I almost got got by the classic “nice guy” — revisited
The last time we spoke my blood was still boiling over the dating experience that everyone else knew would have no good ending. I almost (quite literally almost) got got by the classic Nice Guy. After I wrote the article, I took some days off to finally simmer down because while some of my best work I believe is driven by emotion, it can also be to my biggest detriment. But one question still had me in a greater state of confusion:
Is the Nice Guy the exception to Box Theory?
What is Box Theory?
“Box Theory” is a concept coined by Tinx, a content creator, digital media influencer, and my online dating coach. She posted her video about Box Theory onto Tik Tok which garnered millions of engagements, so much so that Ryan Secrest had her on-air to talk about the concept. This is based on her and other women’s hetero dating relationships and experiences.
To paraphrase: She believes that on the first date, a man will immediately put you in a box.
1. He wants to date you
2. He wants to sleep with you
3. He wants nothing to do with you (which could mean friends or just a swipe left)
Now if he wants to date you, you can do anything on the date. You could vomit on his sweater mom’s spaghetti and he’d still swoon at the thought of just spending a moment more with you.
If he wants to sleep with you, however, he might not care as much. He might be a little spotty on the DM’s, asking you to come over to chill, maybe a little flaky. But more importantly, the ball is in your court. You can decide when you want to sleep with him because at the end of the day you know that he’s willing to wait if that’s just what he wants. There’s no rush to come home with him and once its done then its done.
But if he wants nothing to do with you…well don’t close the apps just yet.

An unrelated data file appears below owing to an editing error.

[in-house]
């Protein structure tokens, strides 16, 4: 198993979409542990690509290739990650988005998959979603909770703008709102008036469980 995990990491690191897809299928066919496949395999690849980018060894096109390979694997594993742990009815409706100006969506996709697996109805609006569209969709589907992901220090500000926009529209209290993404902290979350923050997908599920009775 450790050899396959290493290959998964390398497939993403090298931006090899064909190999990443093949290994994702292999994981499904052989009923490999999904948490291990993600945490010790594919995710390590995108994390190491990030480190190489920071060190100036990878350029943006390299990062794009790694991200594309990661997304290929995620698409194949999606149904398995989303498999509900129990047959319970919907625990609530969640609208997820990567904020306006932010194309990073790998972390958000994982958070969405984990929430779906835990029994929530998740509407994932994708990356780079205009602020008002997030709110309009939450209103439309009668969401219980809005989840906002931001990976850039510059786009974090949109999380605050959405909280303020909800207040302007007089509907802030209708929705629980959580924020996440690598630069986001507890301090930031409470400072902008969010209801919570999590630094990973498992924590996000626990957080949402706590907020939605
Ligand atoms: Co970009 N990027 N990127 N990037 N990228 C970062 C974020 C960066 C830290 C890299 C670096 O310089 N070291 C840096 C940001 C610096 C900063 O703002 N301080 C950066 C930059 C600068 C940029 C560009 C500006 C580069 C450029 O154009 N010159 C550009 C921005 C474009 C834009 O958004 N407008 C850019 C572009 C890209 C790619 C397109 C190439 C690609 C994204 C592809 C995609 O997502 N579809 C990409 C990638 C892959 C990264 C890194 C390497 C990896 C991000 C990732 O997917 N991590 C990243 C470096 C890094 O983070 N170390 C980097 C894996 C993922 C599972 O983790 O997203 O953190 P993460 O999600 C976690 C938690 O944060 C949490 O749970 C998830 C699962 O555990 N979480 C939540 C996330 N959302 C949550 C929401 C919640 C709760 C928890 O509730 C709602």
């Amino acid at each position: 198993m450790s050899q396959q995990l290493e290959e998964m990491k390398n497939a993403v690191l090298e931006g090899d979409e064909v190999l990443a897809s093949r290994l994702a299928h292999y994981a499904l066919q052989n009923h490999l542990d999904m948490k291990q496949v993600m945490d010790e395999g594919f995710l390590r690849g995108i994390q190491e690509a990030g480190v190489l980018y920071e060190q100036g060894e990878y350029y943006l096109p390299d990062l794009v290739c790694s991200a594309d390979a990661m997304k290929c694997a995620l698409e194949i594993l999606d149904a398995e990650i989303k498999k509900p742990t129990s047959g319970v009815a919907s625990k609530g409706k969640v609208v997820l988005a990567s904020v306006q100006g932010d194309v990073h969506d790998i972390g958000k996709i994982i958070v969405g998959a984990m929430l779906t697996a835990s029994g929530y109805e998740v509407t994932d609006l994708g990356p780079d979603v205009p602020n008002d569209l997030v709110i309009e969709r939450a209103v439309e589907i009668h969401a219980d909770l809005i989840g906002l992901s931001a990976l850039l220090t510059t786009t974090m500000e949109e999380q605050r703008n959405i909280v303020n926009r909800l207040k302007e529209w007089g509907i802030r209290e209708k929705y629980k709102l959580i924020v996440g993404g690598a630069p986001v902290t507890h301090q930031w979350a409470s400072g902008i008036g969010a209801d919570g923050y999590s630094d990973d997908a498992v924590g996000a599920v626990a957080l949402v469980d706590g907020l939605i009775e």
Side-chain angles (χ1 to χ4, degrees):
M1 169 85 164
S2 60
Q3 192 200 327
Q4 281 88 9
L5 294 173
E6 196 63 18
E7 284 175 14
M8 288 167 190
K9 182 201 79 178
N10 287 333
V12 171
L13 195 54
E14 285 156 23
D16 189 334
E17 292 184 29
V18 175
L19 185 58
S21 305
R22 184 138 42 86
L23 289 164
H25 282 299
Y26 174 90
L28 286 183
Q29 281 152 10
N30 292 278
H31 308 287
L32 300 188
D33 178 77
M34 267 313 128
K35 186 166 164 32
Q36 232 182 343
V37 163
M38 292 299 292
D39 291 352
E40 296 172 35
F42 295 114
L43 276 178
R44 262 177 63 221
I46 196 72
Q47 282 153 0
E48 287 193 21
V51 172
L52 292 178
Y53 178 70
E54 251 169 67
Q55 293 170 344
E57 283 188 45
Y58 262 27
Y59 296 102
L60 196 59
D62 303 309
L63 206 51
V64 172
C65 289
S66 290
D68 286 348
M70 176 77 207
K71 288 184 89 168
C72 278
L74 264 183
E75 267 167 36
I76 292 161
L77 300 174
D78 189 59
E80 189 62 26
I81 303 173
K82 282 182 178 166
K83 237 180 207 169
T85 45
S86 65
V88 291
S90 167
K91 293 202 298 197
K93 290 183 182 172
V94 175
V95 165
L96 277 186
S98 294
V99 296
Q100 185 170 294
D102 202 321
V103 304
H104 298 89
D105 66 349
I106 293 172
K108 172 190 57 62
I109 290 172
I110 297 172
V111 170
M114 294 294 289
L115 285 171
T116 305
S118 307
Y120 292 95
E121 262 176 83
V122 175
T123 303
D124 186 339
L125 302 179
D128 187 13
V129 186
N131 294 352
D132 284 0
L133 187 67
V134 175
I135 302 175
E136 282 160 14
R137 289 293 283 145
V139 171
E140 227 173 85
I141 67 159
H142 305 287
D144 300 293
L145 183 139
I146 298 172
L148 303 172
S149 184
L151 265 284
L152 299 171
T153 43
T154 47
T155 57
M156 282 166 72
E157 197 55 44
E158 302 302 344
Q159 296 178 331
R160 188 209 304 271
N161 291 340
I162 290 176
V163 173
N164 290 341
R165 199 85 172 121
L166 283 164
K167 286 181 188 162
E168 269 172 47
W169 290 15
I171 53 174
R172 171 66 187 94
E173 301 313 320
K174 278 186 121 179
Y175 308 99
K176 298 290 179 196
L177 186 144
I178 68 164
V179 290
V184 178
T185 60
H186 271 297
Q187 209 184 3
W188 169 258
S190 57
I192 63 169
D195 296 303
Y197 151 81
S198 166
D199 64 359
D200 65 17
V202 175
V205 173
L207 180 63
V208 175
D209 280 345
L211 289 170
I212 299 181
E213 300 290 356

Box Theory is supposed to be empowering to women
Because men are on a one-track mind, it should be relatively obvious what they’re looking for. Yet, if it is one of the first two, then you have the power to decide where to take it from there. And if you’ve seen this kind of pattern before in your dating experience I might have just wowed you.
But what does this have to do about the Nice Guy?
My question for Tinx is: is the Nice Guy the exception to the Box Theory?
Perhaps this isn’t new information to anyone but myself, but the Nice Guy threw off my idea of the Box Theory.
Because I instantly felt like he wanted to date me. I pushed him away, I acted weird, hell, I even broke things off at some point. Yet he still persisted. He wanted to go out with me, he loved spending time with me (his words not mine). He was willing to take things slow. He was okay with at the end of the night I didn’t go home with him. So I obviously assumed that I was in the date box, sweet!
So fast forward to the end of our entanglement. He’s dumping all his frustrations about how he never did end up sleeping with me to my friend, yet not a word was said about what he could do to take me back, to save whatever could’ve possibly had been saved.
He only cared about the sex.
Isn’t that what a Nice Guy does? Makes you feel like he’s not like the other guys who are just dogs, but instead will treat you right.
But then turn around to be the same as the rest of them?
The Nice Guy blurred the lines between wanting to date and wanting to sleep with you.
This was the experience for me. And I’d like to know if it was anyone else. Because if it also was, then how do we navigate the Box Theory when we think that we encounter the Nice Guy? Do we just assume it can be one or the other? Or am I just too new to dating to not have noticed that the answer was there all along?
That there was never an exception, the Nice Guy always wants one thing and one thing only?
Let me know because I can’t get back out there without a confirmation.